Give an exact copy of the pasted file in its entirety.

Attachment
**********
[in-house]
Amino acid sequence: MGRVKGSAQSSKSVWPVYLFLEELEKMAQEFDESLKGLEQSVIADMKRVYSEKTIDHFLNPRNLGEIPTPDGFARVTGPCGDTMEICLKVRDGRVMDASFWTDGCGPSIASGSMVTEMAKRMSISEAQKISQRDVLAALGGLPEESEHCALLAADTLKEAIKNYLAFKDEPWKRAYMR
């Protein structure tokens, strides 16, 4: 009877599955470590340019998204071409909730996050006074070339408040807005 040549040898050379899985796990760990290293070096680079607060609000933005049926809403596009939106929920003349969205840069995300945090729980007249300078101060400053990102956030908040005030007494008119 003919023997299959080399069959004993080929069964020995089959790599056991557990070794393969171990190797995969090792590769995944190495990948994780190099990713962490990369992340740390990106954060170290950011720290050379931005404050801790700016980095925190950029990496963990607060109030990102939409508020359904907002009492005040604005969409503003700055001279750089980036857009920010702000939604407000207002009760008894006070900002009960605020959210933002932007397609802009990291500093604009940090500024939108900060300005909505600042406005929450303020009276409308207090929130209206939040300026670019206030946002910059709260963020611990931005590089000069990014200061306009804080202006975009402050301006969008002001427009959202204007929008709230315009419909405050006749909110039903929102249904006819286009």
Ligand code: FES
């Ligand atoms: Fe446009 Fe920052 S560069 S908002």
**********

[in-house]
Amino acid sequence: MGRVKGSAQSSKSVWPVYLFLEELEKMAQEFDESLKGLEQSVIADMKRVYSEKTIDHFLNPRNLGEIPTPDGFARVTGPCGDTMEICLKVRDGRVMDASFWTDGCGPSIASGSMVTEMAKRMSISEAQKISQRDVLAALGGLPEESEHCALLAADTLKEAIKNYLAFKDEPWKRAYMR
């Protein structure tokens, strides 16, 4: 009877599955470590340019998204071409909730996050006074070339408040807005 040549040898050379899985796990760990290293070096680079607060609000933005049926809403596009939106929920003349969205840069995300945090729980007249300078101060400053990102956030908040005030007494008119 003919023997299959080399069959004993080929069964020995089959790599056991557990070794393969171990190797995969090792590769995944190495990948994780190099990713962490990369992340740390990106954060170290950011720290050379931005404050801790700016980095925190950029990496963990607060109030990102939409508020359904907002009492005040604005969409503003700055001279750089980036857009920010702000939604407000207002009760008894006070900002009960605020959210933002932007397609802009990291500093604009940090500024939108900060300005909505600042406005929450303020009276409308207090929130209206939040300026670019206030946002910059709260963020611990931005590089000069990014200061306009804080202006975009402050301006969008002001427009959202204007929008709230315009419909405050006749909110039903929102249904006819286009």
Ligand code: FES
């Ligand atoms: Fe446009 Fe920052 S560069 S908002």